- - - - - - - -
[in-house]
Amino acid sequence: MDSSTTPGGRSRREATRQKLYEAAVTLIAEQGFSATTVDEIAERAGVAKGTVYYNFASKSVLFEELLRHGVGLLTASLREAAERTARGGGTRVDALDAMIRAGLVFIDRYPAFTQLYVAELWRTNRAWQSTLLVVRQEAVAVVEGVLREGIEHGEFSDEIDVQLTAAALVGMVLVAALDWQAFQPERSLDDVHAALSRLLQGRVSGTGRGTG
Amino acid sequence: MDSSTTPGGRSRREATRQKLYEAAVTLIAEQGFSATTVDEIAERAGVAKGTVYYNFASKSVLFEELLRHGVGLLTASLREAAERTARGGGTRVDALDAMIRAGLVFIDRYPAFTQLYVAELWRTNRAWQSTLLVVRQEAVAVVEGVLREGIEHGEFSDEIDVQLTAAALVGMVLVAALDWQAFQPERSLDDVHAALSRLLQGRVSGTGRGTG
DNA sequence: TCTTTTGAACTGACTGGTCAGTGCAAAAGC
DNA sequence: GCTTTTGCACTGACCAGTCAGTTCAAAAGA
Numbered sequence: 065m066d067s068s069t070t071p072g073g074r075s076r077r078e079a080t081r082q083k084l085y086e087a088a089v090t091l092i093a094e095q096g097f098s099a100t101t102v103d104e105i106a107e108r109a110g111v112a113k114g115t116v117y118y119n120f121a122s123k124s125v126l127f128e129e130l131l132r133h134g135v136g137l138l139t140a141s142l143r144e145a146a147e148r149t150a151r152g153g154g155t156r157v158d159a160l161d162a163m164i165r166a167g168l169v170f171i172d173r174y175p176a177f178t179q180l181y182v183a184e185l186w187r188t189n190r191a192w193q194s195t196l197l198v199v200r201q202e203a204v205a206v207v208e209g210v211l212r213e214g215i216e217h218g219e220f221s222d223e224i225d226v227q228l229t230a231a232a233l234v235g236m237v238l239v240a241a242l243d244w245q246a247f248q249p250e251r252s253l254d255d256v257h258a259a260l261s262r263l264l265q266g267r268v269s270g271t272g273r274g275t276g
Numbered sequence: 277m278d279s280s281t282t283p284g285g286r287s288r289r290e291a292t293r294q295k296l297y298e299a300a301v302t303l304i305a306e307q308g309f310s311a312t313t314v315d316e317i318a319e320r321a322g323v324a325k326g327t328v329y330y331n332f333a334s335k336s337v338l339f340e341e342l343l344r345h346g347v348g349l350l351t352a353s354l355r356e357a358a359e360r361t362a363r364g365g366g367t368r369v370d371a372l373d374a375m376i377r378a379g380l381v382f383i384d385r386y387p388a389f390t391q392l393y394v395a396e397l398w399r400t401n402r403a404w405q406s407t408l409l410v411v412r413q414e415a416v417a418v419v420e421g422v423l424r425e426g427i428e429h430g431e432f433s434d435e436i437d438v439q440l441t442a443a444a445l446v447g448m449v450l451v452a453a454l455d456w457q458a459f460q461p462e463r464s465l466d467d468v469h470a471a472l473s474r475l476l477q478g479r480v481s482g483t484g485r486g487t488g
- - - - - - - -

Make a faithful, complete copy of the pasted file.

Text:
[in-house]
Amino acid sequence: MDSSTTPGGRSRREATRQKLYEAAVTLIAEQGFSATTVDEIAERAGVAKGTVYYNFASKSVLFEELLRHGVGLLTASLREAAERTARGGGTRVDALDAMIRAGLVFIDRYPAFTQLYVAELWRTNRAWQSTLLVVRQEAVAVVEGVLREGIEHGEFSDEIDVQLTAAALVGMVLVAALDWQAFQPERSLDDVHAALSRLLQGRVSGTGRGTG
Amino acid sequence: MDSSTTPGGRSRREATRQKLYEAAVTLIAEQGFSATTVDEIAERAGVAKGTVYYNFASKSVLFEELLRHGVGLLTASLREAAERTARGGGTRVDALDAMIRAGLVFIDRYPAFTQLYVAELWRTNRAWQSTLLVVRQEAVAVVEGVLREGIEHGEFSDEIDVQLTAAALVGMVLVAALDWQAFQPERSLDDVHAALSRLLQGRVSGTGRGTG
DNA sequence: TCTTTTGAACTGACTGGTCAGTGCAAAAGC
DNA sequence: GCTTTTGCACTGACCAGTCAGTTCAAAAGA
Numbered sequence: 065m066d067s068s069t070t071p072g073g074r075s076r077r078e079a080t081r082q083k084l085y086e087a088a089v090t091l092i093a094e095q096g097f098s099a100t101t102v103d104e105i106a107e108r109a110g111v112a113k114g115t116v117y118y119n120f121a122s123k124s125v126l127f128e129e130l131l132r133h134g135v136g137l138l139t140a141s142l143r144e145a146a147e148r149t150a151r152g153g154g155t156r157v158d159a160l161d162a163m164i165r166a167g168l169v170f171i172d173r174y175p176a177f178t179q180l181y182v183a184e185l186w187r188t189n190r191a192w193q194s195t196l197l198v199v200r201q202e203a204v205a206v207v208e209g210v211l212r213e214g215i216e217h218g219e220f221s222d223e224i225d226v227q228l229t230a231a232a233l234v235g236m237v238l239v240a241a242l243d244w245q246a247f248q249p250e251r252s253l254d255d256v257h258a259a260l261s262r263l264l265q266g267r268v269s270g271t272g273r274g275t276g
Numbered sequence: 277m278d279s280s281t282t283p284g285g286r287s288r289r290e291a292t293r294q295k296l297y298e299a300a301v302t303l304i305a306e307q308g309f310s311a312t313t314v315d316e317i318a319e320r321a322g323v324a325k326g327t328v329y330y331n332f333a334s335k336s337v338l339f340e341e342l343l344r345h346g347v348g349l350l351t352a353s354l355r356e357a358a359e360r361t362a363r364g365g366g367t368r369v370d371a372l373d374a375m376i377r378a379g380l381v382f383i384d385r386y387p388a389f390t391q392l393y394v395a396e397l398w399r400t401n402r403a404w405q406s407t408l409l410v411v412r413q414e415a416v417a418v419v420e421g422v423l424r425e426g427i428e429h430g431e432f433s434d435e436i437d438v439q440l441t442a443a444a445l446v447g448m449v450l451v452a453a454l455d456w457q458a459f460q461p462e463r464s465l466d467d468v469h470a471a472l473s474r475l476l477q478g479r480v481s482g483t484g485r486g487t488g